Most importantly, the Army’s bid to increase soldier lethality, he believes, must include a purposeful change in the way and frequency with which the Army’s nine-man squads train at home before they go into combat. Esper wants to give them the means to repetitively practice battle drills, react to contact and conduct platoon raids in a virtual, real or constructive environment “where they’re seeing enemy contact, experiencing the sights, sounds and smells of the battlefield, where they’re really given that virtual experience without real casualties being taken or lives being lost.”
He envisions modeling a squad-level exercise after the battalion- and brigade-level exercises that take place at the Army’s combat training centers, but shrunk down to squad size so soldiers can practice their tactical skills and build their teams with the same intensity larger formations get over 14 days of training.
Getting Out of the Classroom
Before extra squad training can take shape, Esper acknowledged something else must be eliminated to free up the time. It could be mandatory training, such as drown-proofing, which may not need the required frequency if soldiers are not expected to be around water. Having experienced such mandatory training, Esper knows there is room for change.
“It’s all about restoring authority back to commanders, to junior officers and NCOs. It’s about them making their own assessment of what the needs of their unit are based on the environment they face and about getting away from the classroom,” he said. While online training can be a good supplement, nothing can beat a discussion about the laws of land warfare or the code of conduct with an NCO. “Those are things that don’t need to be taught in the classroom. In fact, I’d argue you’re better off teaching them in the middle of a field training exercise,” he said.
Esper’s personal involvement and boots-on-the-ground experience promise to upend the issue of an overabundance of mandatory training, which occupies large amounts of home station time. He wants to eliminate or reshape some training and give better guidance on the frequency or method of doing other training.
“If I can give them more discretion based on their judgment, then I can give them more time for them to do squad ambush drills,” Esper said.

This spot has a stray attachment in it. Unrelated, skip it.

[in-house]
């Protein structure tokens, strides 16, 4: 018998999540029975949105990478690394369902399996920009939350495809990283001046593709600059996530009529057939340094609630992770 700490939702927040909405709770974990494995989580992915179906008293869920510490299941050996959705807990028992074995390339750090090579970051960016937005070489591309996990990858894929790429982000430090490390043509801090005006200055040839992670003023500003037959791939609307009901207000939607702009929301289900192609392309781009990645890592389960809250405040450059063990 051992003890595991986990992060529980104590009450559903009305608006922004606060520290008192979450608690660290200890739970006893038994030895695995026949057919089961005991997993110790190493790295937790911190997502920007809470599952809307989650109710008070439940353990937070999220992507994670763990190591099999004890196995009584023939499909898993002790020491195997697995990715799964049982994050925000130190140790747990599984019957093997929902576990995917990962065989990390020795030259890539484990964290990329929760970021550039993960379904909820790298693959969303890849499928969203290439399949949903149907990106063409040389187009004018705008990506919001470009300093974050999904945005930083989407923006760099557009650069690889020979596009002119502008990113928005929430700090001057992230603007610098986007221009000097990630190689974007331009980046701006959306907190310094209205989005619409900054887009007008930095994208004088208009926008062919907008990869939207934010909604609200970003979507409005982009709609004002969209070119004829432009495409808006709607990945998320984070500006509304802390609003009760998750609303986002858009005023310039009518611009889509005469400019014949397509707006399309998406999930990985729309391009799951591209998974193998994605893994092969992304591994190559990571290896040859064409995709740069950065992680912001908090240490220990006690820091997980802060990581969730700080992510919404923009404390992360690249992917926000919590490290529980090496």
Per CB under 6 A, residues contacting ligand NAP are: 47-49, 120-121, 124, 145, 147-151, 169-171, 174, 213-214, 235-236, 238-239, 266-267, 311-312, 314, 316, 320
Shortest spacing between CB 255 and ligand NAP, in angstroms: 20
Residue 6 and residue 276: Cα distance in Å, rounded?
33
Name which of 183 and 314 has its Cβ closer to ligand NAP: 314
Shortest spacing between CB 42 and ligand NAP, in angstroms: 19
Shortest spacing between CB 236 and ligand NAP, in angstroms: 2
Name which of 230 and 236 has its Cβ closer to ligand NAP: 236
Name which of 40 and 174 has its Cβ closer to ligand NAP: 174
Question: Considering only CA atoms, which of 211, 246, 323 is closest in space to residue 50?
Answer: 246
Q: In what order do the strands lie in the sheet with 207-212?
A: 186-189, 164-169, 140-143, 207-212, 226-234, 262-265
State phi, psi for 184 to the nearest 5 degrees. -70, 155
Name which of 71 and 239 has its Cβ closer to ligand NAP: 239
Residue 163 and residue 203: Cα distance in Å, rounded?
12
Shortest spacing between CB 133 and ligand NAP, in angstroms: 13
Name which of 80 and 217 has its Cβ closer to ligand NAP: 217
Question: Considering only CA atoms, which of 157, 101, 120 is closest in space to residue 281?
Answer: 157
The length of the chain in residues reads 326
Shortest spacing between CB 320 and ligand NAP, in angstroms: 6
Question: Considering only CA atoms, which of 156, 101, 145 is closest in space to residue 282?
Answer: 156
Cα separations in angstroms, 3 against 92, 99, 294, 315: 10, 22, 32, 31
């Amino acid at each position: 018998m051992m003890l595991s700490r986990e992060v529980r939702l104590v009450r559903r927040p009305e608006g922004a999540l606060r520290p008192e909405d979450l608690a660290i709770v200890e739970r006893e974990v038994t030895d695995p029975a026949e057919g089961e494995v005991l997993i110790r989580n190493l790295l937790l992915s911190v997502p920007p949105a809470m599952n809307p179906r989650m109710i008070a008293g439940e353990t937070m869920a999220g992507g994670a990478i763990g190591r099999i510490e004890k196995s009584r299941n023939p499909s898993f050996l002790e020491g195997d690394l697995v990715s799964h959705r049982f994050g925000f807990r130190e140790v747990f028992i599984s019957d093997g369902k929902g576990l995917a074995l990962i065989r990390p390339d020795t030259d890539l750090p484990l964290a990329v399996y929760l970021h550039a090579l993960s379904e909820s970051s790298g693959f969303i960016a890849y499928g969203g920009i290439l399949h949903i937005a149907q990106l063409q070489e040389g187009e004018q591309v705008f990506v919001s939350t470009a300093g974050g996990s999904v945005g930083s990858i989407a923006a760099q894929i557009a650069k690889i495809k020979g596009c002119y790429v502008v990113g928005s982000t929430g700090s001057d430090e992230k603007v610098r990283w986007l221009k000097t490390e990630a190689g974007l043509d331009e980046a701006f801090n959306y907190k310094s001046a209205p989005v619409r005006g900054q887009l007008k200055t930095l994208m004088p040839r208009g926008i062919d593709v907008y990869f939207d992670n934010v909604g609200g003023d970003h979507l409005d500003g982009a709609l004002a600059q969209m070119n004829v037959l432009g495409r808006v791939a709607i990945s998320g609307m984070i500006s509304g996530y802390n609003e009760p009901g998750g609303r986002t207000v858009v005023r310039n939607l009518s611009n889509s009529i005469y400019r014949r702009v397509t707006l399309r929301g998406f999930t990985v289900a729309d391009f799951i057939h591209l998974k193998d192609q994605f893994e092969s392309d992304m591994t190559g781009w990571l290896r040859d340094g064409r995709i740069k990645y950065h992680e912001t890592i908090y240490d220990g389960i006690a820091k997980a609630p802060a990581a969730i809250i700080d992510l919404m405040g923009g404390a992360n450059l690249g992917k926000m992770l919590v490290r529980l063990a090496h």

A Ready Force
More efficient training can also help with managing soldiers’ time at home. Esper expressed his intention to address the frequent permanent changes of station (PCSs) and deployments experienced by many soldiers, pointing out that it hurts team cohesion, affects families and costs the Army more money than it needs to.
While the system needs careful examination before any changes can be made, a new DoD policy that separates soldiers after 12 consecutive months of nondeployable status is set to become mandatory by Oct. 1. With this policy, Esper hopes to get a leg up on keeping units filled and a more equitable system of deployments. The Army had more than 100,000 soldiers in nondeployable status as of February, which Esper said was “hurting Army readiness.”
He also intends to enhance readiness by managing the critical skills found among individual soldiers, but not visible to the Army’s personnel system. A task force co-chaired by Esper and Army Vice Chief of Staff Gen. James C. McConville, the Army’s former personnel chief, will study talent management options used by the private sector and the Army to examine ways to work with soldiers’ preferences and still serve the needs of the Army.
“Our personnel system is working now, but I think we can get to a more optimal solution,” Esper said. Giving people choices, such as allowing them penalty-free leave to pursue a degree or have a family, or creating multiple career tracks “that meet the Army’s needs without boxing people in,” could create more opportunities for broadening assignments or advanced school.
“I’d love to slow down the pace of PCSing or the disruption on families by allowing them more choice in the system,” Esper said, adding, “If I could slow down the churn, I just think it would help the health and welfare of the force.”